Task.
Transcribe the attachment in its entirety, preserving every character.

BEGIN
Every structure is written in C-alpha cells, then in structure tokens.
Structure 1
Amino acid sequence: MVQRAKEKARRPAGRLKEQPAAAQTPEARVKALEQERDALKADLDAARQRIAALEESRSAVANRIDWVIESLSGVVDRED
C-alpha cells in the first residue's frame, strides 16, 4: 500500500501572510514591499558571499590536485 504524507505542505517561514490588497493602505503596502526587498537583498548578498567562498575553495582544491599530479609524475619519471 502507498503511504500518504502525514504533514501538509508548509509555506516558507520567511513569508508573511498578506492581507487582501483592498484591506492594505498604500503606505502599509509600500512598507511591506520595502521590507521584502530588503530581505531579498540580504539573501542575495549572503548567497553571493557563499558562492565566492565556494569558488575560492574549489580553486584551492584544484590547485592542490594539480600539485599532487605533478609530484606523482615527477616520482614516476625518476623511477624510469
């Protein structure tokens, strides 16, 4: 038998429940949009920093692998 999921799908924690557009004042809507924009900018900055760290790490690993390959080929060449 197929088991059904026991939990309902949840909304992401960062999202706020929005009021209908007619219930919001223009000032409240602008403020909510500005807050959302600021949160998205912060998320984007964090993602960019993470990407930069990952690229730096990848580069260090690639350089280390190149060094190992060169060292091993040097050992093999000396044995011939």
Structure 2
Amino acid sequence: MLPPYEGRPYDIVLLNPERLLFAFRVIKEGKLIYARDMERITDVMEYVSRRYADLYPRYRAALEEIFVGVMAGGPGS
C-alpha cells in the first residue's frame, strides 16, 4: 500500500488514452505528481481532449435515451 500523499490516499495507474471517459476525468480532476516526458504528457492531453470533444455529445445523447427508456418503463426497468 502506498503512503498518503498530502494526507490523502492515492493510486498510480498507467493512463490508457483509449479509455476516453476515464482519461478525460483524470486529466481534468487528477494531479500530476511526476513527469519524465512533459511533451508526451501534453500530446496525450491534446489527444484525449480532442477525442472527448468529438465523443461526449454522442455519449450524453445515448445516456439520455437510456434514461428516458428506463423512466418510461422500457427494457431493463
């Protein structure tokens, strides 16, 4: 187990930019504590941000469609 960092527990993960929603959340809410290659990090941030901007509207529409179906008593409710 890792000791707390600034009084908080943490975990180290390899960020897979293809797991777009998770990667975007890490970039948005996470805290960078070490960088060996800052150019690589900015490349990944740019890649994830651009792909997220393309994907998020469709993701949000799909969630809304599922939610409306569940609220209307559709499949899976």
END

Every structure is written in C-alpha cells, then in structure tokens.
Structure 1
Amino acid sequence: MVQRAKEKARRPAGRLKEQPAAAQTPEARVKALEQERDALKADLDAARQRIAALEESRSAVANRIDWVIESLSGVVDRED
C-alpha cells in the first residue's frame, strides 16, 4: 500500500501572510514591499558571499590536485 504524507505542505517561514490588497493602505503596502526587498537583498548578498567562498575553495582544491599530479609524475619519471 502507498503511504500518504502525514504533514501538509508548509509555506516558507520567511513569508508573511498578506492581507487582501483592498484591506492594505498604500503606505502599509509600500512598507511591506520595502521590507521584502530588503530581505531579498540580504539573501542575495549572503548567497553571493557563499558562492565566492565556494569558488575560492574549489580553486584551492584544484590547485592542490594539480600539485599532487605533478609530484606523482615527477616520482614516476625518476623511477624510469
């Protein structure tokens, strides 16, 4: 038998429940949009920093692998 999921799908924690557009004042809507924009900018900055760290790490690993390959080929060449 197929088991059904026991939990309902949840909304992401960062999202706020929005009021209908007619219930919001223009000032409240602008403020909510500005807050959302600021949160998205912060998320984007964090993602960019993470990407930069990952690229730096990848580069260090690639350089280390190149060094190992060169060292091993040097050992093999000396044995011939």
Structure 2
Amino acid sequence: MLPPYEGRPYDIVLLNPERLLFAFRVIKEGKLIYARDMERITDVMEYVSRRYADLYPRYRAALEEIFVGVMAGGPGS
C-alpha cells in the first residue's frame, strides 16, 4: 500500500488514452505528481481532449435515451 500523499490516499495507474471517459476525468480532476516526458504528457492531453470533444455529445445523447427508456418503463426497468 502506498503512503498518503498530502494526507490523502492515492493510486498510480498507467493512463490508457483509449479509455476516453476515464482519461478525460483524470486529466481534468487528477494531479500530476511526476513527469519524465512533459511533451508526451501534453500530446496525450491534446489527444484525449480532442477525442472527448468529438465523443461526449454522442455519449450524453445515448445516456439520455437510456434514461428516458428506463423512466418510461422500457427494457431493463
């Protein structure tokens, strides 16, 4: 187990930019504590941000469609 960092527990993960929603959340809410290659990090941030901007509207529409179906008593409710 890792000791707390600034009084908080943490975990180290390899960020897979293809797991777009998770990667975007890490970039948005996470805290960078070490960088060996800052150019690589900015490349990944740019890649994830651009792909997220393309994907998020469709993701949000799909969630809304599922939610409306569940609220209307559709499949899976």